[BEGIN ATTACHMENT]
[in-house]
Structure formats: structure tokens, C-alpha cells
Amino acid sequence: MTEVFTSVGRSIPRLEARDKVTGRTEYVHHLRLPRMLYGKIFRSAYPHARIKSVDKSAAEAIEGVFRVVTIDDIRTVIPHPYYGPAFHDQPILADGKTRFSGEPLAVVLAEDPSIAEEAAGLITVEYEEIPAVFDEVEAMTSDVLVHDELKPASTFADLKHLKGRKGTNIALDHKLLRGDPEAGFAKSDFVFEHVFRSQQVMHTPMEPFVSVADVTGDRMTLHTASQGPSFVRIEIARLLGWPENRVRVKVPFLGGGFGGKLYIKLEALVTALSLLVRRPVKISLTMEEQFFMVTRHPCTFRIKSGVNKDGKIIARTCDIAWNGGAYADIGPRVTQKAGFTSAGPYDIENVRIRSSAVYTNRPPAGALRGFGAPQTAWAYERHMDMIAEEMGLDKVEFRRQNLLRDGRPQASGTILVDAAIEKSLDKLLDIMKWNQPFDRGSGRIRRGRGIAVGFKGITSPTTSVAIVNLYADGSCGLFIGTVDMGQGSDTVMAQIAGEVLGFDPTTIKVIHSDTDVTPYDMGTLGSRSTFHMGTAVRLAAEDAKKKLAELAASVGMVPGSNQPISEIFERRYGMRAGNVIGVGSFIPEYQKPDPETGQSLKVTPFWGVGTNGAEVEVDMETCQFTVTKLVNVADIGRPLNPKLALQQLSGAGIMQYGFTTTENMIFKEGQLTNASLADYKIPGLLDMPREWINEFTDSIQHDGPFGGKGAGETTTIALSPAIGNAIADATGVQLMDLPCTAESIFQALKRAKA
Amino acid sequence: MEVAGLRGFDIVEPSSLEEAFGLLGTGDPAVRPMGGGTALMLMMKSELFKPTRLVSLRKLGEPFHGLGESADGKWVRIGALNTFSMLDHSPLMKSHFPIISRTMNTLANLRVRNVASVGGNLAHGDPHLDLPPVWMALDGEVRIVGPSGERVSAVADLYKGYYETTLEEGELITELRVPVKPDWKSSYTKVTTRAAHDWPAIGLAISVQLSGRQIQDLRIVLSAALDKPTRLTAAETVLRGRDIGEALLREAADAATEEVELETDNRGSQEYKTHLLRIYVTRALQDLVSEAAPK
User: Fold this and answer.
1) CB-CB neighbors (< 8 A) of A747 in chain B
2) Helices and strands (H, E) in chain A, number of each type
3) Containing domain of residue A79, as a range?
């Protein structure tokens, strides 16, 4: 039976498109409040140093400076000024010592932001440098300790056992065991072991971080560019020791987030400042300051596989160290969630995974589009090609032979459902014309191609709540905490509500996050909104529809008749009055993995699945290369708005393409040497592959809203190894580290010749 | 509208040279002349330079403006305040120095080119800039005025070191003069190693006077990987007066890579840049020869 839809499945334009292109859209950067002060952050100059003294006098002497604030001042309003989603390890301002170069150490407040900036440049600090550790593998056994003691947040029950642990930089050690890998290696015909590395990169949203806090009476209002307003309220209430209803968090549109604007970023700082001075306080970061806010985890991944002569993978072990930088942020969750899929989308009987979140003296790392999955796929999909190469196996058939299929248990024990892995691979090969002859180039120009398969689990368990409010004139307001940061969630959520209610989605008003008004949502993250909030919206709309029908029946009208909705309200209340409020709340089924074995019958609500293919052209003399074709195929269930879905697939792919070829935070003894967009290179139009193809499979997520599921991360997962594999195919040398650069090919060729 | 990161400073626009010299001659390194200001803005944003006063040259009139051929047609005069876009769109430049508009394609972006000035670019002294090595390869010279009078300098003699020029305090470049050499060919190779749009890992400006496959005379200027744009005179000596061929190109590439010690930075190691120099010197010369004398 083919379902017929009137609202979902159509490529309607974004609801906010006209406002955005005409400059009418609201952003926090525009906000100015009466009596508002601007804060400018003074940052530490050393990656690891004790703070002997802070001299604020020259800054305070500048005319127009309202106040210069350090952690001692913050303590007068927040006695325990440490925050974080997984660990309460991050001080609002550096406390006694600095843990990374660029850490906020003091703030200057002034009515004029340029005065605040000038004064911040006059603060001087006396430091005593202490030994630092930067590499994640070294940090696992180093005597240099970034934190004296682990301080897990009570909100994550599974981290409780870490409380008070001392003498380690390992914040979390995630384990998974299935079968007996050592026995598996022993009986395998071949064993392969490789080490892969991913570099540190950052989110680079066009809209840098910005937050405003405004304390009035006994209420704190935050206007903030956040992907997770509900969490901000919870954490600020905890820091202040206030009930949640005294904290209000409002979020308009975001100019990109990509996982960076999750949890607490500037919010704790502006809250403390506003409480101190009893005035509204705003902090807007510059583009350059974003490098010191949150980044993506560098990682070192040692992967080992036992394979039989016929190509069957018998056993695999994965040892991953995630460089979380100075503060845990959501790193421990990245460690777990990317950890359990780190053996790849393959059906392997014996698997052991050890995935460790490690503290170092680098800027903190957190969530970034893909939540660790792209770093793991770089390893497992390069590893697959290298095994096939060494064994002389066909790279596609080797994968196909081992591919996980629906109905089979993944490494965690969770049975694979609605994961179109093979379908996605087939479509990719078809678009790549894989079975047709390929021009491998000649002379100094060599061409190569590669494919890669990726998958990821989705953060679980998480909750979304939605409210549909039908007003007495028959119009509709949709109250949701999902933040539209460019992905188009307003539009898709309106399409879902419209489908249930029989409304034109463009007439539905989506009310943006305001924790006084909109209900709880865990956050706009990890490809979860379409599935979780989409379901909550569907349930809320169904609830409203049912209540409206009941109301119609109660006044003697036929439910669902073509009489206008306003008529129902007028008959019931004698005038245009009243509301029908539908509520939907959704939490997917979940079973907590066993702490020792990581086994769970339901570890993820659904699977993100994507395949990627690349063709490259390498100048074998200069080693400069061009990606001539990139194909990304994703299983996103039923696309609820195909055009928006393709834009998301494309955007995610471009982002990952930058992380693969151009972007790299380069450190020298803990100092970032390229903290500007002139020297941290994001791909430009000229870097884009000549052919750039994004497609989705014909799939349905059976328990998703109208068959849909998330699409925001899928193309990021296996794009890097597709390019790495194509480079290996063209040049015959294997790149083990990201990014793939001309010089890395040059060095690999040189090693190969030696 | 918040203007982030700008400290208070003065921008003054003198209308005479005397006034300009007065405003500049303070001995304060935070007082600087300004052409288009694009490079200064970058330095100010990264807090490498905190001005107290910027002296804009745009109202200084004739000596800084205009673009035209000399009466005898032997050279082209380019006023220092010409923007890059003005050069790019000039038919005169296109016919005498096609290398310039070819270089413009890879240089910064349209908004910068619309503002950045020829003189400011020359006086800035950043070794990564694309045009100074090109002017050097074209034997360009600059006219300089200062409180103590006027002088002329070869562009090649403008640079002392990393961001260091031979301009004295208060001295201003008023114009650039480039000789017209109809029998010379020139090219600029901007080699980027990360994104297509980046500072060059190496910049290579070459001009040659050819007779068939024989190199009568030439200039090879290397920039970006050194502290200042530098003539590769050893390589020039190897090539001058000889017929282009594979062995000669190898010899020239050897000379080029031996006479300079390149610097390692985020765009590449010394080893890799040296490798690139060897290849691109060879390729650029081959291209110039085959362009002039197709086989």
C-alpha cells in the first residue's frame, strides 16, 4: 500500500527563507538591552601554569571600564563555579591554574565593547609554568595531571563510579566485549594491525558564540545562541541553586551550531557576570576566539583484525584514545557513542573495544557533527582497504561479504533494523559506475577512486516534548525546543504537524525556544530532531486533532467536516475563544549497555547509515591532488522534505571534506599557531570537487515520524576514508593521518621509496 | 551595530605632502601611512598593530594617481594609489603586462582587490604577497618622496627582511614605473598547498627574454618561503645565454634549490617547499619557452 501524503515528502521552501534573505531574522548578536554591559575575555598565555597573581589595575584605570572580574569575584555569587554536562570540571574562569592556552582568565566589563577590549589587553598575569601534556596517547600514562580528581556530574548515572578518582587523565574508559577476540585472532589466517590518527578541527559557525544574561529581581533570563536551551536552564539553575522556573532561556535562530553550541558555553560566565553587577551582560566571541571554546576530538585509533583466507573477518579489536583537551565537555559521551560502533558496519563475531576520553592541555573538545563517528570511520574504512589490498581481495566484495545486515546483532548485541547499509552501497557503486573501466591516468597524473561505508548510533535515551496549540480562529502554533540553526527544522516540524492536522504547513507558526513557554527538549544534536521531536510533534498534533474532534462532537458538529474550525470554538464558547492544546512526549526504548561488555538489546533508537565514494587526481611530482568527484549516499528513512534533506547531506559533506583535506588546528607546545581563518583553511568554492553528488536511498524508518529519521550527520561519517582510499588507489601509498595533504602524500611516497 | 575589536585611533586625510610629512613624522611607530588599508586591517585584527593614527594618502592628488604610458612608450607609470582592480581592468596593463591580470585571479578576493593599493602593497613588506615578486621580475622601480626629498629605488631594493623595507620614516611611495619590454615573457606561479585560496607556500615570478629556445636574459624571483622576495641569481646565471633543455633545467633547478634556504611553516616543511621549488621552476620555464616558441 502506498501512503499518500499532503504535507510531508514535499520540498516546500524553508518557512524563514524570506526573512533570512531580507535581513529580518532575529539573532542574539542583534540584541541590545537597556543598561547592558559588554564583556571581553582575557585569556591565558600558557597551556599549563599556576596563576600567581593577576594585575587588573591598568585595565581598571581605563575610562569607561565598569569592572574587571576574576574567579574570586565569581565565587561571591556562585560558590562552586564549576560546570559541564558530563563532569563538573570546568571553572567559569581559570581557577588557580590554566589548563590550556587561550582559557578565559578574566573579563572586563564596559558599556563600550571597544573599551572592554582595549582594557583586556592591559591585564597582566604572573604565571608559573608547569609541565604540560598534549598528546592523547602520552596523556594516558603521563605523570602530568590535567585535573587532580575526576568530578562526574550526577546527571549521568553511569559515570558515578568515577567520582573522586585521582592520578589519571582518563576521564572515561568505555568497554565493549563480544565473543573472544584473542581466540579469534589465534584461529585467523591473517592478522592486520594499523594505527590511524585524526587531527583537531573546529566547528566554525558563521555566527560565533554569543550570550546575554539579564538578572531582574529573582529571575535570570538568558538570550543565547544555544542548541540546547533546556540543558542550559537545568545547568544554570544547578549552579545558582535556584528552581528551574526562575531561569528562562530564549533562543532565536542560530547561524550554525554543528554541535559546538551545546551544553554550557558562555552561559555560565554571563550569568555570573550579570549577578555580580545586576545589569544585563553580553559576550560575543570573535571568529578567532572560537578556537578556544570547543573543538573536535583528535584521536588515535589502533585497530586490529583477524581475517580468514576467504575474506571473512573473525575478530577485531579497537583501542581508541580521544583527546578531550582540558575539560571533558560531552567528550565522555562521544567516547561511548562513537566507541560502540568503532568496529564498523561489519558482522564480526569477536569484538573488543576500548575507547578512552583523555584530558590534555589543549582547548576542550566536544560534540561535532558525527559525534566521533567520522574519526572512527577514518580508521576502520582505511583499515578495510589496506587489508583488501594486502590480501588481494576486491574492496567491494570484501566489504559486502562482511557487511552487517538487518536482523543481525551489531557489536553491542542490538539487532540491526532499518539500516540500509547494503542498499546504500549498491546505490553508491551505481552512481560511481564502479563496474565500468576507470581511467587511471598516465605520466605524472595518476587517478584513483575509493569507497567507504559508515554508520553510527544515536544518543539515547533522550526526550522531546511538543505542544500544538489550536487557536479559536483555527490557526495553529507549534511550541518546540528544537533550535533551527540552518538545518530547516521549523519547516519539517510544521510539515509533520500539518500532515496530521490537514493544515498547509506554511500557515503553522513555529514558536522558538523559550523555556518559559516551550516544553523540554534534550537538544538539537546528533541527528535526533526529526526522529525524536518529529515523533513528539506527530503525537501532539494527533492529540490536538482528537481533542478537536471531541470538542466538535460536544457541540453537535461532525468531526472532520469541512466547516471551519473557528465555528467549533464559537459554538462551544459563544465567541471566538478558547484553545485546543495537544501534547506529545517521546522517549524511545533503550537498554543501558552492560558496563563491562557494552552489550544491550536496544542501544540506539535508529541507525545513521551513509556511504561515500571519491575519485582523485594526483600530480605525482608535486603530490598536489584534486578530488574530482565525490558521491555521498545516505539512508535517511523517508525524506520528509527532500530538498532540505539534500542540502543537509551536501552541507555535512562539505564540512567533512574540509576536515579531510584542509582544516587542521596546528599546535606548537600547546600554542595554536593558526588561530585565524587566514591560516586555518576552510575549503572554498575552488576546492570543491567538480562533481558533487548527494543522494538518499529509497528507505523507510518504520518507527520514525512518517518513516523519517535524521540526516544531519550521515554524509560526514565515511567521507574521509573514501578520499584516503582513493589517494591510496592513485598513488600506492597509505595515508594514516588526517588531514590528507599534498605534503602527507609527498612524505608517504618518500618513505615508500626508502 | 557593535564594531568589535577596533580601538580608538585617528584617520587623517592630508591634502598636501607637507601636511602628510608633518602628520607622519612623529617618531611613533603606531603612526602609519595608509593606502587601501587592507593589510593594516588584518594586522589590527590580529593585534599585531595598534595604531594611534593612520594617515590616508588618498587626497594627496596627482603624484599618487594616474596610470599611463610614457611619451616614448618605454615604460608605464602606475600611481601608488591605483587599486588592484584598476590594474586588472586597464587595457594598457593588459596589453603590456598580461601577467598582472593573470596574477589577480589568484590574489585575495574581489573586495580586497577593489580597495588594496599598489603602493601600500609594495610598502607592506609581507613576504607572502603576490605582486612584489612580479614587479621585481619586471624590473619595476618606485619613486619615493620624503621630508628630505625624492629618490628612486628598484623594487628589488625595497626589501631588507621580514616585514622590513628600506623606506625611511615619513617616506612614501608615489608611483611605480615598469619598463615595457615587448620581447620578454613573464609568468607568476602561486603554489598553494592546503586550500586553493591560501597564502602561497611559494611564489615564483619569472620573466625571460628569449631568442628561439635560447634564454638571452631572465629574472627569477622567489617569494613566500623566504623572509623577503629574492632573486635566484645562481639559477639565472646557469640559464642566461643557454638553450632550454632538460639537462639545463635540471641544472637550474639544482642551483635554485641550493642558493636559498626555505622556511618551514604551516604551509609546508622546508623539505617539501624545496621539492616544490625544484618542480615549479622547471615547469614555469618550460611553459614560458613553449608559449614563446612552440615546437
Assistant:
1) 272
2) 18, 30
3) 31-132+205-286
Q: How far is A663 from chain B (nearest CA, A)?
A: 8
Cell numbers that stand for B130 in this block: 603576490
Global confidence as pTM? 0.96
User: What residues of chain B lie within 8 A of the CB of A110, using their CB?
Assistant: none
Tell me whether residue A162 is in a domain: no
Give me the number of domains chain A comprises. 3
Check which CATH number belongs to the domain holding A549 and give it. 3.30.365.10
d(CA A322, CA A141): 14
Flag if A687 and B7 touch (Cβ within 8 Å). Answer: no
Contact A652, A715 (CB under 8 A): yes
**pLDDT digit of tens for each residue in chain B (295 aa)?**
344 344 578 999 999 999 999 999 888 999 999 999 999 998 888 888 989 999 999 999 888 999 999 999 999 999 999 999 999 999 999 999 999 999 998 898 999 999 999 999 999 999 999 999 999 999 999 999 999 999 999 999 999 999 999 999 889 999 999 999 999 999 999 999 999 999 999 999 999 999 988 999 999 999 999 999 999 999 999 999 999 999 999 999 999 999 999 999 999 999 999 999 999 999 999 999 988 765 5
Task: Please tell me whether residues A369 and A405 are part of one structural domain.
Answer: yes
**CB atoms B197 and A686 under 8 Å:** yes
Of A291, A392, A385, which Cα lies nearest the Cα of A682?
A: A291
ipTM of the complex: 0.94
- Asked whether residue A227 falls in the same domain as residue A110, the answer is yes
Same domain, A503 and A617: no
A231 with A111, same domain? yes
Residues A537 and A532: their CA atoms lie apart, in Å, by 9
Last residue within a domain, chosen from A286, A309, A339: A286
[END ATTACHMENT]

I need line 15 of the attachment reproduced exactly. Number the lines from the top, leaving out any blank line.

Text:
Q: How far is A663 from chain B (nearest CA, A)?